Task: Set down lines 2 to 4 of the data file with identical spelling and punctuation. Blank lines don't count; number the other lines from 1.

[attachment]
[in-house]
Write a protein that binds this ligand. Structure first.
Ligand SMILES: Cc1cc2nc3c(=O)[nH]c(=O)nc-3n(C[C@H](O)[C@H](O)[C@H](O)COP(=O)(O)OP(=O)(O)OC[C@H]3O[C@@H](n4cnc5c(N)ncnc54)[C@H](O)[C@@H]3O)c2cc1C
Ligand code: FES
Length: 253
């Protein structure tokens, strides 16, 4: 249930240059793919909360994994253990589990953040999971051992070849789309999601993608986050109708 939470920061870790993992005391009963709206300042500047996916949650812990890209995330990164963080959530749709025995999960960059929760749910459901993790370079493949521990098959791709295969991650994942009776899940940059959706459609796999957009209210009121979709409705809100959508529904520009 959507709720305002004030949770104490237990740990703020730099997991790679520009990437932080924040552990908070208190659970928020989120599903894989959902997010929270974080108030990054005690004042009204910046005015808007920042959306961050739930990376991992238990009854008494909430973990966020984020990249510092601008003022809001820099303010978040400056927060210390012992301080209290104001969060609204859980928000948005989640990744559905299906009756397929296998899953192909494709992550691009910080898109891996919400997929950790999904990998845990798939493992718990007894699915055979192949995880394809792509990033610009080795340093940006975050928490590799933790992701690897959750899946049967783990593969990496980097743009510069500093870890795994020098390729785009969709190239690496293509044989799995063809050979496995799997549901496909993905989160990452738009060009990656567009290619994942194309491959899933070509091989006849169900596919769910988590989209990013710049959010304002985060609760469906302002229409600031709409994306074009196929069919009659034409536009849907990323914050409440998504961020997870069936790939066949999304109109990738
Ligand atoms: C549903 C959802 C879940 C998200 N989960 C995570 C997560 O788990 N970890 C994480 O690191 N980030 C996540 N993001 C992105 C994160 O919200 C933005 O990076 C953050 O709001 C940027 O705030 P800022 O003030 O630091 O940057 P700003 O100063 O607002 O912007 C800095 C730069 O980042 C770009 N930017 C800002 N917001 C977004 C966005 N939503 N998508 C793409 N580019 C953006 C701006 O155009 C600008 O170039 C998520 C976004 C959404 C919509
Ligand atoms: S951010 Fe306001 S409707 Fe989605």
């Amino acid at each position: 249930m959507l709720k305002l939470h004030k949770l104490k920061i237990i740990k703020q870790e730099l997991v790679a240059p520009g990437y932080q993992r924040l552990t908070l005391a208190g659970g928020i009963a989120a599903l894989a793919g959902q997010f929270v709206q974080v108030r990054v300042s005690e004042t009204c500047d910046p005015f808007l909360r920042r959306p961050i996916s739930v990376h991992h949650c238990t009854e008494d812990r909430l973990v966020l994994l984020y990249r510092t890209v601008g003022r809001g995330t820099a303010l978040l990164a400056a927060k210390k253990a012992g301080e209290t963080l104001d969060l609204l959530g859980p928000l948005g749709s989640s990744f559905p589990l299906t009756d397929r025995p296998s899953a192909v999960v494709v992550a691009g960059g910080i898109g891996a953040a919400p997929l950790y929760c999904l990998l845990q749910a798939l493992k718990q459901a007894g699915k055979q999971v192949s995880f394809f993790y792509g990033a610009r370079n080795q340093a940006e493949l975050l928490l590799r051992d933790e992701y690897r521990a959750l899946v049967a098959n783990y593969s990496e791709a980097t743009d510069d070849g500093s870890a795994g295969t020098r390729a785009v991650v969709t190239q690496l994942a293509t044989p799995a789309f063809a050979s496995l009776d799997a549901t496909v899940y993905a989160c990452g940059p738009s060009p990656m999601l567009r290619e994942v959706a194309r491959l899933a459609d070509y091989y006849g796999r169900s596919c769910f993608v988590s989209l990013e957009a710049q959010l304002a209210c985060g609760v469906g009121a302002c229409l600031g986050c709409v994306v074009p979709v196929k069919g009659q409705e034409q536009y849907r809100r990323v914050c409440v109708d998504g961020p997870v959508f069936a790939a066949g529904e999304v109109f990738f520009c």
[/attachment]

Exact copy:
Write a protein that binds this ligand. Structure first.
Ligand SMILES: Cc1cc2nc3c(=O)[nH]c(=O)nc-3n(C[C@H](O)[C@H](O)[C@H](O)COP(=O)(O)OP(=O)(O)OC[C@H]3O[C@@H](n4cnc5c(N)ncnc54)[C@H](O)[C@@H]3O)c2cc1C
Ligand code: FES